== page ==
This enabler stresses the need for “Goals for skills and competencies relates to education and qualification levels.” Good Practices refer to defining the need for objective skill requirements for each role played by the various stakeholders.
My observations here are that: We see a growing emphasis on skills frameworks such as SFIA, ECF, and the AXELOS career development initiative. And we see vast amounts still being spent on education and certification in frameworks such as ITIL and COBIT. However, we see a poor focus on the facilitated transfer of learning to the workplace and translating theory into practice. The ITIL Practitioner publication (to which I contributed) is a good example of an initiative aimed at translating theory into practice. But, as an industry, we generally have a poor focus on learning-transfer activities and controls which I think this enabler could focus on. And a poor focus on demonstrating the value from training investments. We still focus too much on the education, theory, and qualification levels (certificates) and not enough on developing talent and practical skills. This was the subject of another of my posts: “Certification, yeah, cause that’ll solve everything.”
My conclusion is that the two enablers are critical for the success of digital transformation, and that the current business and IT relationship, and governance issues, are persistent and pervasive. And have been for many years, resting on cultural, behavioral, and leadership deficiencies.
Guidance is needed to address these issues. ISACA, in my mind, would do well to further develop guidance relating to these enablers. ITSM organizations would do well to use COBIT as a stepping stone towards the required executive leadership such that both effective governance and the necessary effort and commitment can be given to address these long standing cultural barriers.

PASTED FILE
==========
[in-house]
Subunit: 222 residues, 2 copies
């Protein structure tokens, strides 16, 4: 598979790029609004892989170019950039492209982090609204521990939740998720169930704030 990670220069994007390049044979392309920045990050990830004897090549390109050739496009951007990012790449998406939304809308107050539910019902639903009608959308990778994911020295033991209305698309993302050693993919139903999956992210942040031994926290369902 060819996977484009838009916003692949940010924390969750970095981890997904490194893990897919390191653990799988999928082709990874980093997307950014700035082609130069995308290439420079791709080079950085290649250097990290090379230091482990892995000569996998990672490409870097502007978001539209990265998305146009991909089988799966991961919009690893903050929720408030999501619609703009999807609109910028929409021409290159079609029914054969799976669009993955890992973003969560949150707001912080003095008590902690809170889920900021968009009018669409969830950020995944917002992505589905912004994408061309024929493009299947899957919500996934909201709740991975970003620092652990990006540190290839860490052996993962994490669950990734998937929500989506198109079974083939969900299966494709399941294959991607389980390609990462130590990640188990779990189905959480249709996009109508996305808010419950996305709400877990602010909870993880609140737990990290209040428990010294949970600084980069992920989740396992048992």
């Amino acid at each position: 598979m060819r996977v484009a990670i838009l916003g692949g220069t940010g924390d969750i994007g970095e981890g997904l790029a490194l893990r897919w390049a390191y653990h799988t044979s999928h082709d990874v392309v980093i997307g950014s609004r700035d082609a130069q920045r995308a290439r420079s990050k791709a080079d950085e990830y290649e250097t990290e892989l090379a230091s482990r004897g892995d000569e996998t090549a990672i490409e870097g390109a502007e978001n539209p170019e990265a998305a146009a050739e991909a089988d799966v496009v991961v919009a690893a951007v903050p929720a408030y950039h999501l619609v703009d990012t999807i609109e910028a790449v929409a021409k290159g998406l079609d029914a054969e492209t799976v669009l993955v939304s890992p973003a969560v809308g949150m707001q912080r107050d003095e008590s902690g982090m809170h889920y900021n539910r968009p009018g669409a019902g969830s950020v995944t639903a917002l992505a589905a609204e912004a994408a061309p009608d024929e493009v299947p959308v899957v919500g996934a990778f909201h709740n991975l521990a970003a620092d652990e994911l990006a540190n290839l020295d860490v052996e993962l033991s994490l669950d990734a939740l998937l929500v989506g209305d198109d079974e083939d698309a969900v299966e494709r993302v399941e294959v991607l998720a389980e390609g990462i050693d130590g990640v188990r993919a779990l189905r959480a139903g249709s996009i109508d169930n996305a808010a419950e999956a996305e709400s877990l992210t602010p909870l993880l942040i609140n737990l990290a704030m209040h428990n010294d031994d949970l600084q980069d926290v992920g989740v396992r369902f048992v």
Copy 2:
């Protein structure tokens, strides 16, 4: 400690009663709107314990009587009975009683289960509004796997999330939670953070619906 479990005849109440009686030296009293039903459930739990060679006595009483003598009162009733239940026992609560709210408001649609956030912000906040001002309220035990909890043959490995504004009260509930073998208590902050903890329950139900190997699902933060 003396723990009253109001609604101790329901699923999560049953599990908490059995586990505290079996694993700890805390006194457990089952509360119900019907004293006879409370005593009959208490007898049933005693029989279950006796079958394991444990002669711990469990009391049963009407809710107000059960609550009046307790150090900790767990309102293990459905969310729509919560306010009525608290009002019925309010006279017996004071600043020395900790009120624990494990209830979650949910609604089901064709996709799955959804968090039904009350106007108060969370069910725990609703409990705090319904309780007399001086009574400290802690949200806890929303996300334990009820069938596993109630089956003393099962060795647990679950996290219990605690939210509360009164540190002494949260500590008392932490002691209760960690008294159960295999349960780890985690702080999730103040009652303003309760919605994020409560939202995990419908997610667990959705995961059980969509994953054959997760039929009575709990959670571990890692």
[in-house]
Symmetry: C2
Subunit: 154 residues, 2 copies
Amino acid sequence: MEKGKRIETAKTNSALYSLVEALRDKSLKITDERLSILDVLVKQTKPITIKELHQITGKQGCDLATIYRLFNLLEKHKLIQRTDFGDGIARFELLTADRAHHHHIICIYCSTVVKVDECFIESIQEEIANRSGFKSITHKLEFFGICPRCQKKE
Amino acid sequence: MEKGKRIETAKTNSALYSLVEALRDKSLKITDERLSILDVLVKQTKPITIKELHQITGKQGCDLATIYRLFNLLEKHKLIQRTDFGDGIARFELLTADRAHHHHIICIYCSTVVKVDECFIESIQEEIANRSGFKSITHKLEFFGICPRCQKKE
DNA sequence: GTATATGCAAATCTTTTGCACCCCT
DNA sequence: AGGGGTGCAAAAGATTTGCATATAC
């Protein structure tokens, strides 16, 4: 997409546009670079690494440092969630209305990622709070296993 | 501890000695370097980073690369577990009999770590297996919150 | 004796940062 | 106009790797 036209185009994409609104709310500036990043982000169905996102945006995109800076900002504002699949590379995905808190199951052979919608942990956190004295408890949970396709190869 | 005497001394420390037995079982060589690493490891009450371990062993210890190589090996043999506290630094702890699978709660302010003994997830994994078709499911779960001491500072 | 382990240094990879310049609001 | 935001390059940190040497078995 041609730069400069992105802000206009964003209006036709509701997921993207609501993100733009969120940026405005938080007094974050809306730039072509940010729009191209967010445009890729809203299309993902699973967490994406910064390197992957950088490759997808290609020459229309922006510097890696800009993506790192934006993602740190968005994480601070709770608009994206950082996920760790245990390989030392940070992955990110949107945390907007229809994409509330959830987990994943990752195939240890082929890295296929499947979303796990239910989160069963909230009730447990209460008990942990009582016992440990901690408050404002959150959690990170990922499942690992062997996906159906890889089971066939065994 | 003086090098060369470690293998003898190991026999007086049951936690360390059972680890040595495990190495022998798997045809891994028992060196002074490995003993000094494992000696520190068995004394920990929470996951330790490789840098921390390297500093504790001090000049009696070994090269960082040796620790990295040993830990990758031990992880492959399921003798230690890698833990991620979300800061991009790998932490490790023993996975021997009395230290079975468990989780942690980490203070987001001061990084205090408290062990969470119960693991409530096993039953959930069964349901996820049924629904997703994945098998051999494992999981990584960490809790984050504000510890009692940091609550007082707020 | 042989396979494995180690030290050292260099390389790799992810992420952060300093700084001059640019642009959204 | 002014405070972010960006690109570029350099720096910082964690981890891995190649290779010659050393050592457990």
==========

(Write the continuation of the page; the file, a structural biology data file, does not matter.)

Why should the business care? COBIT also has the “goals cascade” an instrument that we (in IT) can use in dialogue with the business to mutually agree the performance and value needs of the business to “align activities to business goals.” After all, surely that’s what we are both trying to achieve. Right?
If you agree with me, and recognize the need to change the way we deal with these long-standing culture challenges, then please contact ISACA to stress the importance of these enablers.
Will you do that?… Another top-scoring ABC card chosen globally is “Not my responsibility.” 🙂
Paul Wilkinson has been involved in the IT industry for more than 25 years and has a broad background in IT operations, IT management, and product innovation and development. He was project team lead in the original BITE (Business & IT Excellence) process modeling of ITIL, an ITIL V2 author, and member of the ITIL V3 advisory group.
He is co-owner of GamingWorks and co-developer of a range of business simulations focusing on IT service management, project management, business process management, business and IT alignment, alliance management and co-author and developer of the ABC of ICT products and publications.